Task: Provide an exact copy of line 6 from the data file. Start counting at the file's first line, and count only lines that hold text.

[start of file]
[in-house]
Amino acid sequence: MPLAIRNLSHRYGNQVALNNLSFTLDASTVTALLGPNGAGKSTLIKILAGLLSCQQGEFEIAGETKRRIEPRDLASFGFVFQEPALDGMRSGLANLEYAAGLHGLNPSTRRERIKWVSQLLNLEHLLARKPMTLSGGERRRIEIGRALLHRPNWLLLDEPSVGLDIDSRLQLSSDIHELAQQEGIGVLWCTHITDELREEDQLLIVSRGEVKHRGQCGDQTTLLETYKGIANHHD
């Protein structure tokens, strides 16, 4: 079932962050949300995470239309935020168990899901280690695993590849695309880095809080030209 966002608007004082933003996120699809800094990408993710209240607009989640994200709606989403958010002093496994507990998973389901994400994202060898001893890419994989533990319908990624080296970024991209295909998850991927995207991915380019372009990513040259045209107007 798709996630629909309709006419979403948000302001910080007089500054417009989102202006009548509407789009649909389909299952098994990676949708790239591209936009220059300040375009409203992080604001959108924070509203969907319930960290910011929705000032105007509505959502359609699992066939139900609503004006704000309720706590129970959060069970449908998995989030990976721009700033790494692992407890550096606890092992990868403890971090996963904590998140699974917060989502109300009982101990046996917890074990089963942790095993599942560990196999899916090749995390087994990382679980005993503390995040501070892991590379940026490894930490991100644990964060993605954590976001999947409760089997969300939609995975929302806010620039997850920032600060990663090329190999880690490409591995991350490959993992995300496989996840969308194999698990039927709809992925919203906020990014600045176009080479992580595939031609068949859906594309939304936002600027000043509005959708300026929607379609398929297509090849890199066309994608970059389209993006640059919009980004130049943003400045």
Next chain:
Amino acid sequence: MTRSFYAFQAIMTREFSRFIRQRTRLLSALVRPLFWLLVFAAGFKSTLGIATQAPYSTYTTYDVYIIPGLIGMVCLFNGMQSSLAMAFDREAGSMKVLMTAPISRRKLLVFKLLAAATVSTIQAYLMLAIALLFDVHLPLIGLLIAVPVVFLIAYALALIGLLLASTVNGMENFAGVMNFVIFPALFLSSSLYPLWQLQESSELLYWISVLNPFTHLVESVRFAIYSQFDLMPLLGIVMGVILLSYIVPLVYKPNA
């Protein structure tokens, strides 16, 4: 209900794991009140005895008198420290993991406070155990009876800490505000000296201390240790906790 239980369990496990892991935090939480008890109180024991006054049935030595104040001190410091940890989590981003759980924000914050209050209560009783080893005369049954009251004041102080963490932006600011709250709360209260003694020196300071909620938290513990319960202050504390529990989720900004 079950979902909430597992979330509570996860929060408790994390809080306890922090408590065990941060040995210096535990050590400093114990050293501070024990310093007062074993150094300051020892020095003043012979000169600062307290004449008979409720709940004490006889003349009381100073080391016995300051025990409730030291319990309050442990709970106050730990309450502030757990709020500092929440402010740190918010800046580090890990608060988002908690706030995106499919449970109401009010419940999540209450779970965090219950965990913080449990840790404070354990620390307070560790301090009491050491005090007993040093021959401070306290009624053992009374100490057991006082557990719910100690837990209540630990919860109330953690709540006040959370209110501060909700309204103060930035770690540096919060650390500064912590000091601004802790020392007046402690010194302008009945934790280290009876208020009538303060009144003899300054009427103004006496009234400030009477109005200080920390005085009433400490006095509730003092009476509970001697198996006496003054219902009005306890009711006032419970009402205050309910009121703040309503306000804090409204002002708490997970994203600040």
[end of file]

């Protein structure tokens, strides 16, 4: 209900794991009140005895008198420290993991406070155990009876800490505000000296201390240790906790 239980369990496990892991935090939480008890109180024991006054049935030595104040001190410091940890989590981003759980924000914050209050209560009783080893005369049954009251004041102080963490932006600011709250709360209260003694020196300071909620938290513990319960202050504390529990989720900004 079950979902909430597992979330509570996860929060408790994390809080306890922090408590065990941060040995210096535990050590400093114990050293501070024990310093007062074993150094300051020892020095003043012979000169600062307290004449008979409720709940004490006889003349009381100073080391016995300051025990409730030291319990309050442990709970106050730990309450502030757990709020500092929440402010740190918010800046580090890990608060988002908690706030995106499919449970109401009010419940999540209450779970965090219950965990913080449990840790404070354990620390307070560790301090009491050491005090007993040093021959401070306290009624053992009374100490057991006082557990719910100690837990209540630990919860109330953690709540006040959370209110501060909700309204103060930035770690540096919060650390500064912590000091601004802790020392007046402690010194302008009945934790280290009876208020009538303060009144003899300054009427103004006496009234400030009477109005200080920390005085009433400490006095509730003092009476509970001697198996006496003054219902009005306890009711006032419970009402205050309910009121703040309503306000804090409204002002708490997970994203600040």